This weekend my youngest son will marry


She is a gift, this answer to the Ephesians 3:20 prayer I have been sending up for my children these past two years

He will marry a beautiful girl whose light shines from her eyes

when she tells stories about her second-grade students at the dinner table.

When she expresses her concerns about their antics.

When she voices she just wants them to be the best person they could be.


I remember this voice, this teacher heart,  in the voice of my son’s grandmother,

his Lola, my mother.

Who taught third grade for seventeen years.

Who poured love and light to her students just like my son’s bride.

The other day my son called.

“I miss Lola,”  he said.

“I will miss her being at my wedding.

Mom, will you carry a lantern down the aisle

A reminder that Lola is with us?”

I chose a small wooden lantern yesterday.

One with silver filigree at the top.

The filigree design reminded me of the silver rosary I bought for her on a visit to the Vatican

where I lit a candle at the altar in honor of her.

Her name means light, Luz Divina, Ludivina.

And I will light a candle in this lantern in memory of her

Moments before I walk down the aisle on the arm of my son

Who will  hold me on his arm the way he did his grandmother

when he cared for her for many years.

He will stand at my side the way he did for her, the way he will for eternity stand by the side of his bride, for better, for worse, in sickness and in health.

He knows what that means, in sickness and in health.

He stood by Lola’s side for many years.


My mother was at his side moments after he was born.

She was at his side for swim meets and graduation.

He was at her side for years, cooking with her,

playing Chinese checkers with her

eventually caring for her

helping her up when she could stand no longer

when she could not remember his name.

He was there after her light was extinguished.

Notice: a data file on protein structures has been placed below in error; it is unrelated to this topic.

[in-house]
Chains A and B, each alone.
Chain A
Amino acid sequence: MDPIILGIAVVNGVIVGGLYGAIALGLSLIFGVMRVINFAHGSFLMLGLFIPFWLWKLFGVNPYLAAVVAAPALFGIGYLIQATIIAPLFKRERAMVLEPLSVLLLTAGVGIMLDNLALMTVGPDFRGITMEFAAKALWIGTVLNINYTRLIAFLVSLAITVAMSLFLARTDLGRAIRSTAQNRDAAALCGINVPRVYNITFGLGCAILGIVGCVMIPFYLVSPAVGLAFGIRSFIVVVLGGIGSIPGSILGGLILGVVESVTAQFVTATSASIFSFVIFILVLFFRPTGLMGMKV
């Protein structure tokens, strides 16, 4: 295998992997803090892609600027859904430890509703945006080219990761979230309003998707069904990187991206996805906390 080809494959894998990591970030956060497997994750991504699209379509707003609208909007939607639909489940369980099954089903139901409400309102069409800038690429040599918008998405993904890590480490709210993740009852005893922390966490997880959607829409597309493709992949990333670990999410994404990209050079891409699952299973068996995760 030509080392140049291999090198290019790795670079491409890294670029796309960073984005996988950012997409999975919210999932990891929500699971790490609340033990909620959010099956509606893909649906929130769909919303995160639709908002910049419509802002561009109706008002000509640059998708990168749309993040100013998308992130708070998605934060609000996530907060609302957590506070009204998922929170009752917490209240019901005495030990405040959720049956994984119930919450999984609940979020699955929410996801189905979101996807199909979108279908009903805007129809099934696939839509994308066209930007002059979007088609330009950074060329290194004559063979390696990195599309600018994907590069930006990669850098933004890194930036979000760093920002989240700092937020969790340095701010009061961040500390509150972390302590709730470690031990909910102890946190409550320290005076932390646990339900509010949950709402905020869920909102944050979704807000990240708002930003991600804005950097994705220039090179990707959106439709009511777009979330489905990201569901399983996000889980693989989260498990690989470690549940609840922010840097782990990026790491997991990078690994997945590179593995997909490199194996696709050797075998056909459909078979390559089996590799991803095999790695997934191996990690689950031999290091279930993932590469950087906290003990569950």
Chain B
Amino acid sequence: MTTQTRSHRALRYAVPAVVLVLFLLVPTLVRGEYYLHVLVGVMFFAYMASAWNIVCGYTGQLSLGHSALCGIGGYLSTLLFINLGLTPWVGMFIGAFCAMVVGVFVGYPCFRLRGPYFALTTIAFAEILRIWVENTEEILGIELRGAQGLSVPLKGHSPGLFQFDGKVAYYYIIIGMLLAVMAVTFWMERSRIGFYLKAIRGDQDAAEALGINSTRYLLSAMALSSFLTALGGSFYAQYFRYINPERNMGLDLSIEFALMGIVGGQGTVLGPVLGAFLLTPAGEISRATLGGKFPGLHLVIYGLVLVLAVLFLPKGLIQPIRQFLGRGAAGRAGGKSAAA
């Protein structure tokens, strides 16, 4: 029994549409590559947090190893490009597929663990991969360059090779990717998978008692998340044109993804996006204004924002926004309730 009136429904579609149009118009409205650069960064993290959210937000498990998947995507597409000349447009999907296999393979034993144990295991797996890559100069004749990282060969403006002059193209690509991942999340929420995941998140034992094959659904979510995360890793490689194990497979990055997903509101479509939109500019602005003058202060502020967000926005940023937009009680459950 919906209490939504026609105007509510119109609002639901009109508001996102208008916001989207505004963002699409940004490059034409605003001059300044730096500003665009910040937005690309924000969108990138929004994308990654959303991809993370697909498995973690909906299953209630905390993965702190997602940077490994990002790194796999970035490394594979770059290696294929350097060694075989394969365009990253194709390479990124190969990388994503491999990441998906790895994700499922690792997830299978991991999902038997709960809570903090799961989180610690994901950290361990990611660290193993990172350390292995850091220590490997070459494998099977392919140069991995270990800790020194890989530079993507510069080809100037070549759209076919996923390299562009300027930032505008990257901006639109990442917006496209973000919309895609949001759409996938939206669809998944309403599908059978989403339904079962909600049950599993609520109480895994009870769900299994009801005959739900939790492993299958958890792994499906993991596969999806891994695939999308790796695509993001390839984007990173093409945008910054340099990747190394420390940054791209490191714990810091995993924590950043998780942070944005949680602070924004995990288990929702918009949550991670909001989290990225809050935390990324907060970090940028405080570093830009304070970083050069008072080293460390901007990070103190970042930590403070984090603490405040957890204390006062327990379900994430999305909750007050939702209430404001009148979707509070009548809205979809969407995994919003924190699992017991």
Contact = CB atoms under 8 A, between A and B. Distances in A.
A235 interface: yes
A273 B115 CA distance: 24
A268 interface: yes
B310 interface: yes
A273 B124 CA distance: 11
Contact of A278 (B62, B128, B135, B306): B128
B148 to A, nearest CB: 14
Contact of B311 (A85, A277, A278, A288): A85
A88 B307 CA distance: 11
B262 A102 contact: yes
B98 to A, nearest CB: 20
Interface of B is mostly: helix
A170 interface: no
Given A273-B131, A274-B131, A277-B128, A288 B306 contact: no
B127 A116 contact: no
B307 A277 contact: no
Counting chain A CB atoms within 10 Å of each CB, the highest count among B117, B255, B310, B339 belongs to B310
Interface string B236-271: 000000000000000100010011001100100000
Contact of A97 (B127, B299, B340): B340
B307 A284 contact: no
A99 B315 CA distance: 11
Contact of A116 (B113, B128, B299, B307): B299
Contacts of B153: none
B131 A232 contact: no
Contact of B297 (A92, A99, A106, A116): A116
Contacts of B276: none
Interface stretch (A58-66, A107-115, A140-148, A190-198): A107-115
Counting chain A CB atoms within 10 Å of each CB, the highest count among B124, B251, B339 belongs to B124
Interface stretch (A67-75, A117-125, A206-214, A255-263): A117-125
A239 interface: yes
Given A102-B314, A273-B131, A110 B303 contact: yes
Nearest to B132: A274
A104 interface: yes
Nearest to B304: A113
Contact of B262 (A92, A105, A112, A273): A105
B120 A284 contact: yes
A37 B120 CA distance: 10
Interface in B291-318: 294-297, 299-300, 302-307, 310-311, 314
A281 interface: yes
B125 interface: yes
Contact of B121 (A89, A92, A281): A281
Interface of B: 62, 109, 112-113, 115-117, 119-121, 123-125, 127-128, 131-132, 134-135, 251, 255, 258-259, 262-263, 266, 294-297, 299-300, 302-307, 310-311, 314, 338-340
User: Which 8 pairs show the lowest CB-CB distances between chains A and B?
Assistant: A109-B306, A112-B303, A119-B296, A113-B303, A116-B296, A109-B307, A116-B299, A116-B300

The light that continues to shine in the light of his eyes.

The light we will carry to the altar when he joins his life with one whose light shines like hers

Lola met her, his bride.

She held Lola’s hand at her bedside only months ago.

Lola smiled when she told her she was a teacher too.


“ l like her,” Lola whispered to me

“I do too,” I told her,

“She has a heart like yours..”

I am honored to publish two poems about my mother in the December issue of the online publication, the Write Launch.

Please click on the link to view “Gather at Colvos Passage” and “Legacy”

An Affair to Remember….one couple inspires the destiny of four generations


Today would be my parents 60th wedding anniversary.

The influence of my parent’s marriage was shaped by the events at Pearl Harbor commemorated only a few days ago.

For their life as a couple brought together in the Philippines after WWII and their dream of establishing life in America have impacted not only my family but generations to follow.

Their sacrifice opened the door of opportunity for others to come.

To follow a longing for a better life.

To persevere.

To establish a dream come true.

Their first date was in a theater in Manila watching the American Film, “An Affair to Remember”.

They watched the iconic images of American life flash by on the big screen.. the polished kitchen beautiful furniture, lovely clothes, big automobiles.

My father turned to her and asked, “Would you like to have a good life In America?”

She turned to him and answered,  “Yes.”

Six weeks later they wed in a civil service ceremony before he returned to the United States after a four week leave as a sergeant in the US Army.

This is their only photograph.


The union of two lives impacted by historic events

opened the door of destiny for generations to follow.

Three days ago I attended the 78thanniversary of the Pearl Harbor Memorial. Every year my father would announce on December 7, “Today is Pearl Harbor Day”.

I sat among those who had survived Pearl Harbor, the event that changed the course of history for the world. For my family.

I sat next to a woman wearing a lei, nestled in a red wheelchair just like the one I had pushed my mother in for years.  Her crown of grey hair, the way she lifted her chin to smile reminded me of my mother who I lost only months ago

Her name was Elsie.


She came as an invited guest here, a Pearl Harbor survivor. Her sister Matilde was only 12 years old when shrapnel from a bombing hit her in the chest and killed her.  She was standing on the steps of her house that morning, the morning Elsie remembers hearing the planes flying overhead.  She has never heard and will never forget that sound she said.

The first wave of planes had already bombed the harbor. Her father was on the way to help.  She and her mother were scavenging the house looking for emergency materials, s that could possibly be of any help on base when the second wave occurred of bombing occurred